Introduction to Ancient Philosophy

This course runs during the first term. The course starts with a survey of the beginnings of Greek
philosophy, down to the time of Plato. In the second half of the course we shall study a short dialogue
of Plato, the Laches, and some related texts from Aristotle.
- To give students a grasp of the historical development of Greek philosophy down to the time of
- To introduce students to the methods and techniques of philosophical argument.
At the end of the course a student will be able to:
- Give an account of the views adopted by the philosophers considered in the course on a range of
topics, supporting it by textual evidence, and make informed comparisons between the views of
different philosophers indicating both similarities and differences.
- Demonstrate achievement of this objective by producing clear, well-focused written expositions.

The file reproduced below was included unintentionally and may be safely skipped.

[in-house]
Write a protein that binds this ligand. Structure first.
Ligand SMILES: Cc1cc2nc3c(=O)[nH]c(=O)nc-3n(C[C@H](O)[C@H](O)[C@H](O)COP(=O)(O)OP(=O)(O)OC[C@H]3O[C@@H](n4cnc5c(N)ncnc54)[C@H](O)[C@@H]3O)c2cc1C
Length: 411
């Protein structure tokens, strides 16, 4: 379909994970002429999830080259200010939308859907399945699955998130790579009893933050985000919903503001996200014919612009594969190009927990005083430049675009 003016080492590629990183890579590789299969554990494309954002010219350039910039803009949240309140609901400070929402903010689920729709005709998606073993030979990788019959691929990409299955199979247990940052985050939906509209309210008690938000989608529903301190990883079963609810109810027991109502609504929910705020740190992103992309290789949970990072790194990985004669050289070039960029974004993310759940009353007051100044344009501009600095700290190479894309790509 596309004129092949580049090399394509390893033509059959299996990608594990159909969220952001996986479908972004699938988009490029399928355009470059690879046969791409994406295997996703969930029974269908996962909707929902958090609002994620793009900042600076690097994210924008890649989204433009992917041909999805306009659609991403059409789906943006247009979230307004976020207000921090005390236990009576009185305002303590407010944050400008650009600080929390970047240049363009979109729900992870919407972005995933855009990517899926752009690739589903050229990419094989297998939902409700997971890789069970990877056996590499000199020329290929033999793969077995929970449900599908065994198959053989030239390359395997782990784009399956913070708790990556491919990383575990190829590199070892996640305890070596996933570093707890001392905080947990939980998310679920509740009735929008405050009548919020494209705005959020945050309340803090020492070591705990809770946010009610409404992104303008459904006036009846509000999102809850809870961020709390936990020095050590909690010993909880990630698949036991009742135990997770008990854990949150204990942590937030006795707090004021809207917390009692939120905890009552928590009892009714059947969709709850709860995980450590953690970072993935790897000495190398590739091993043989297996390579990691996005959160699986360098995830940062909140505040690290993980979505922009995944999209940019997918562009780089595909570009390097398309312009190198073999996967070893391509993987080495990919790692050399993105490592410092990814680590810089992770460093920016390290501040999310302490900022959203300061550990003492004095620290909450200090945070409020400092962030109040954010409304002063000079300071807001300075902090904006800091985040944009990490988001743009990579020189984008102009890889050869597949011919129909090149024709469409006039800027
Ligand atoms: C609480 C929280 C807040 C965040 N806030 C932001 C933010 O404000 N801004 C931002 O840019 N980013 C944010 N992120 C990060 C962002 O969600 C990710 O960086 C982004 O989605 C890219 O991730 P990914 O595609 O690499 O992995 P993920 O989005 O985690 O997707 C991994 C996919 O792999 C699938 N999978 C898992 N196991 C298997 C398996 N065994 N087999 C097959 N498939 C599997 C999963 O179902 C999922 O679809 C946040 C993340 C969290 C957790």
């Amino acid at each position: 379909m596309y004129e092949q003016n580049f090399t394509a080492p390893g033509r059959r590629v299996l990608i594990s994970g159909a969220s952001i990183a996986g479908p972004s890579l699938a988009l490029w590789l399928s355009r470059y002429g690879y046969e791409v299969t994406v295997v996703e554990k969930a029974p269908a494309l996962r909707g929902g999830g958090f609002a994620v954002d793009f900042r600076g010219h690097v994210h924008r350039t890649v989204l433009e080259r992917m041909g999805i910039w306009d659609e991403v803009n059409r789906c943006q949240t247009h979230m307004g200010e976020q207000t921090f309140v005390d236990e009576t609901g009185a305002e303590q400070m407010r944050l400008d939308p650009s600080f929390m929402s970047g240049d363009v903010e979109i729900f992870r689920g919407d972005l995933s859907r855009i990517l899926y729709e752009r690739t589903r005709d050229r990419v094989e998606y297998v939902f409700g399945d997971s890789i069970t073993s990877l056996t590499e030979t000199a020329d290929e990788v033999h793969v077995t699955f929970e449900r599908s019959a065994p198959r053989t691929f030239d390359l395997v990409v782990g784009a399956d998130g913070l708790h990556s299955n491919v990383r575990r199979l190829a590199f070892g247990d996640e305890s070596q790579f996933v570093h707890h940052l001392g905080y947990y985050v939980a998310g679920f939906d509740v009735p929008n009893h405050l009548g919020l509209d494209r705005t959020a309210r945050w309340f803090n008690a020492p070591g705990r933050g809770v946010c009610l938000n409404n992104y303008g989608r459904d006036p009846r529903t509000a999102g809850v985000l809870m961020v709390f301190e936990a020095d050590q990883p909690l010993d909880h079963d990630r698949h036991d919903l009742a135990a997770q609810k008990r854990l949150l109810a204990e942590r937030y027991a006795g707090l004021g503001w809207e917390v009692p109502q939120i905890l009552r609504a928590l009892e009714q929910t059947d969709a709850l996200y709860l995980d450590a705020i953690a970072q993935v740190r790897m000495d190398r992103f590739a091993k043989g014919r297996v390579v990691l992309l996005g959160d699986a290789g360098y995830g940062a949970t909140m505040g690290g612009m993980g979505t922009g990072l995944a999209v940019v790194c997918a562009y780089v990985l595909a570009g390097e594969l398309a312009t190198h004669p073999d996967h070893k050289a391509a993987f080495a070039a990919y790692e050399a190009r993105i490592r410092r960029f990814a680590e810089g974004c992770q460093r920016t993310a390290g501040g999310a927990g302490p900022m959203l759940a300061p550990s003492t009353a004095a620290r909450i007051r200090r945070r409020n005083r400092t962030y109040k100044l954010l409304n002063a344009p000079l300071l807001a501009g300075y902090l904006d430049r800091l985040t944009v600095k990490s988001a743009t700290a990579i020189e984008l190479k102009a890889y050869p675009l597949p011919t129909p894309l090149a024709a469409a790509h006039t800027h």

There will be 12 lectures and 8 small-group seminars. The lectures will be the main vehicle for
achieving the first of the two aims listed above, backed up by your own reading. In order to achieve
the second of the two aims given, discussion in the seminars will focus on particular texts and
arguments. You will be told before each seminar how to prepare for it by studying and thinking about
the material to be discussed.
You will have to write two essays during the course. The first will be an essay of 1500 -2000 words
on one of the texts studied in the first few weeks of the course, and will be for formative assessment
only. The second will be an essay of 2500 - 3000 words, chosen from three titles to be made
available in the penultimate week of the course and considering themes discussed in the lectures and
seminars; this essay will count for 100% of the final mark for the course. Both essays must be
submitted. All essays should be accompanied by a departmental coversheet.
There is a course booklet available from the Departmental Office for £1.25.
Books to buy:
R. Waterfield, The First Philosophers: The Presocratics and the Sophists (Oxford World's Classics)
T. Saunders (ed.), Plato. Early Socratic Dialogues (Penguin)